We enjoyed our meal with some live entertainment…
I was not a fan of the cuy. I’ve heard people say that it is too “gamey” but it wasn’t that for me. There was just so little meat! Despite the skin being nice and crispy, I honestly felt like I was just eating skin and fat, and if it was just that, why am I paying so much (72 soles!)? The alpaca, on the other hand, was delicious! The tenderness of the meat reminded me of veal and the flavor was very mild and not distinct. It was hard to pinpoint what it tasted like… chicken? beef? mixture of both? The ceviche, although good, was my least favorite ceviche we had during this trip.
The next day was spent exploring Cusco.
We started by heading down to Plaza de Armas, where there was a parade going on.
Our game plan was to not get full off one thing and try a little bit of everything. We also targeted booths that seemed to be filled with locals, not tourists.
We tried our best, but by this time, we were pretty stuffed. We couldn’t pass up tamales though. We even bought a few extra in case we needed a snack later on.
We finished our tour of San Pedro Market by perusing through the merchandise area for souvenirs to bring home. Afterwards, we set out in search of a local coffee shop for a pick me up and wifi.
As we were walking around, we passed by ChocoMuseo. While I was in the midst of planning this trip, I had considered booking a truffle making class, but held off since I wasn’t sure if we would have enough time. Now that we were actually there, I caught a major case of FOMO and didn’t want to leave Peru without taking a class. Unfortunately, the truffle class wasn’t available, but we were able to snag spots for the chocolate class later that day! But committing to the chocolate class meant that we had only 2.5 hours to get to and explore Sacsayhuaman, about 1 mile away. It would be a 30 minute walk, which didn’t sound too bad, so we decided we would walk there and take a cab ride back. Within 5 minutes, I regretted our decision…
When we got to the first gate, I was so out of breath! To give you some perspective on the steepness of the walk up to Sacsayhuaman, this view is only half way up…
Our exhaustion made us susceptible to hustlers. When we were approached by men offering us horseback riding to Sacsayhuaman with stops at other sites in between, we were basically like, JUST TAKE OUR MONEY.
We stopped to check out Temple of the Moon while our “guide” (he really didn’t do much besides keep the horses in line) took a nap.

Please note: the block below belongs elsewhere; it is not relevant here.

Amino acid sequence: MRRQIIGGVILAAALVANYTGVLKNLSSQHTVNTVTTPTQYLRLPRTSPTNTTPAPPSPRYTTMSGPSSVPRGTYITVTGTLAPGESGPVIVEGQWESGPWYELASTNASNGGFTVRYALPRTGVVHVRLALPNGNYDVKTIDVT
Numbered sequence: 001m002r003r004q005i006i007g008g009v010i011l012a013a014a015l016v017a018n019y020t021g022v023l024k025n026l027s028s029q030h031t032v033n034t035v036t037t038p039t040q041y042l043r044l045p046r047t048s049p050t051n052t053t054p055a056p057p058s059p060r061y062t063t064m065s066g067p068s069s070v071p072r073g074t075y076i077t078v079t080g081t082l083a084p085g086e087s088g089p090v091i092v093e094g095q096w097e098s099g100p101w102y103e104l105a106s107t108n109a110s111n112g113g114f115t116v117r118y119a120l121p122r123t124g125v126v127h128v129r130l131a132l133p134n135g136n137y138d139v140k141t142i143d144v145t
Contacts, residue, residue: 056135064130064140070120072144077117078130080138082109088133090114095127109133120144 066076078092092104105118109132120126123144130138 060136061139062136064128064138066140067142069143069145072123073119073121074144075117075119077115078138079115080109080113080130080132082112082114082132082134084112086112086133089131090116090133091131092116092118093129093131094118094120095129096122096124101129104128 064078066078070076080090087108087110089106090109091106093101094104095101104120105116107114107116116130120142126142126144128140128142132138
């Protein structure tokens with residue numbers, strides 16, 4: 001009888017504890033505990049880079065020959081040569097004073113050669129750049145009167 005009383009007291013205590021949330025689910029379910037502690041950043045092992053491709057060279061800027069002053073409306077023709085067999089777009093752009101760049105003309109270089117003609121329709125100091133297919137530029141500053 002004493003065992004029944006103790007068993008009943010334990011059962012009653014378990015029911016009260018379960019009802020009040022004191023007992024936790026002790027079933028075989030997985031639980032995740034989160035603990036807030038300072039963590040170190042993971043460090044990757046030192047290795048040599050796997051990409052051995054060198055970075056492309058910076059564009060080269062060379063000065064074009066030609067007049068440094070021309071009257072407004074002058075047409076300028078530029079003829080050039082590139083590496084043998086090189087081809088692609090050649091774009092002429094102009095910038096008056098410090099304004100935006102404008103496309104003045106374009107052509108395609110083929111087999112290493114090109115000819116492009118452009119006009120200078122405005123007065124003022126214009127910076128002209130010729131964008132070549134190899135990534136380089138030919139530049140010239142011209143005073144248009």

While at the top of Temple of the Moon, CT was told about another temple nearby, Temple of the Monkey. We followed the general directions provided and even tried using GPS, but after 15 minutes of searching, we gave up and headed to Sacsayhuaman.
When we first agreed to horseback riding, we thought that we would be riding horseback to Sacsayhuaman. This turned out to not be the case. We had to get off our horses and walk down the main road for about 15 mins to get to Sacsayhuaman. This was pretty annoying since we were short on time. We essentially paid 40 soles each for an hour of riding, which isn’t bad when you think about it in US $ (~$13), but it probably wasn’t the best deal. However, I definitely would recommend horseback as a means to see the various ruins around Cusco!
Sacsayhuaman, a fortress-temple complex made of stone, is one of the many sites included in the boleto turistico. There are a few options in purchasing the boleto turistico:
A complete ticket (130 soles) gives you access to all participating sites and is valid for 10 days
A partial ticket (70 soles) is broken up into circuits:
Sacsayhuaman, Q’enko, Tambomachay and Puca Pucara. Valid for 1 day.
Museum of Regional History, Museum of Contemporary Art, Koricancha Museum (but not Koricancha itself), Museum of Popular Art, Native Music and Dance Centre, Pachacutec Monument, Pikillacta & Tipon. Valid for 2 days.
Pisac, Ollantaytambo, Chinchero & Moray. Valid for 2 days.
Since we had planned to visit Sacsayhuaman and Moray, we purchased the full boleto turistico.
By the time we got to Sacsayhuaman, we really didn’t have much time explore. We walked around for about 15 mins, took some pictures, and headed back to town for the chocolate class.
Was I sad that we didn’t have more time to explore Sacsayhuaman? Sure. Did I regret booking the chocolate class? Not for a second! I’m really glad we were able to take the class. It was informative, hands-on, entertaining, and most importantly, tasty! We sampled chocolate from various regions of Peru/South America and went through most of the steps of the chocolate making process. I say most because the class skips the step of melting chocolate for the sake of time. We also learned to use ingredients for other purposes: shells of the roasted cacao beans for tea and and paste we grinded from the beans into hot chocolate.
At the end of class, we made our own chocolate molds and added whatever ingredients we wanted.
We ended the day with a delicious dinner at Barrio Ceviche, one of the many restaurants that line Plaza de Armas.
This was one of my favorite meals of the trip. We ordered the El Trio which is essentially a taster of the restaurant’s most popular dishes: classic ceviche (fish only), seafood fried rice, and fried seafood. It was very reasonably priced and the portions were a good size. We also ordered an additional ceviche that included other seafood (octopus, calamari, shrimp).
This meal was a delicious end to our jam-packed day. We headed back to our hotel after dinner since we had an early start for our mountain biking tour the next day.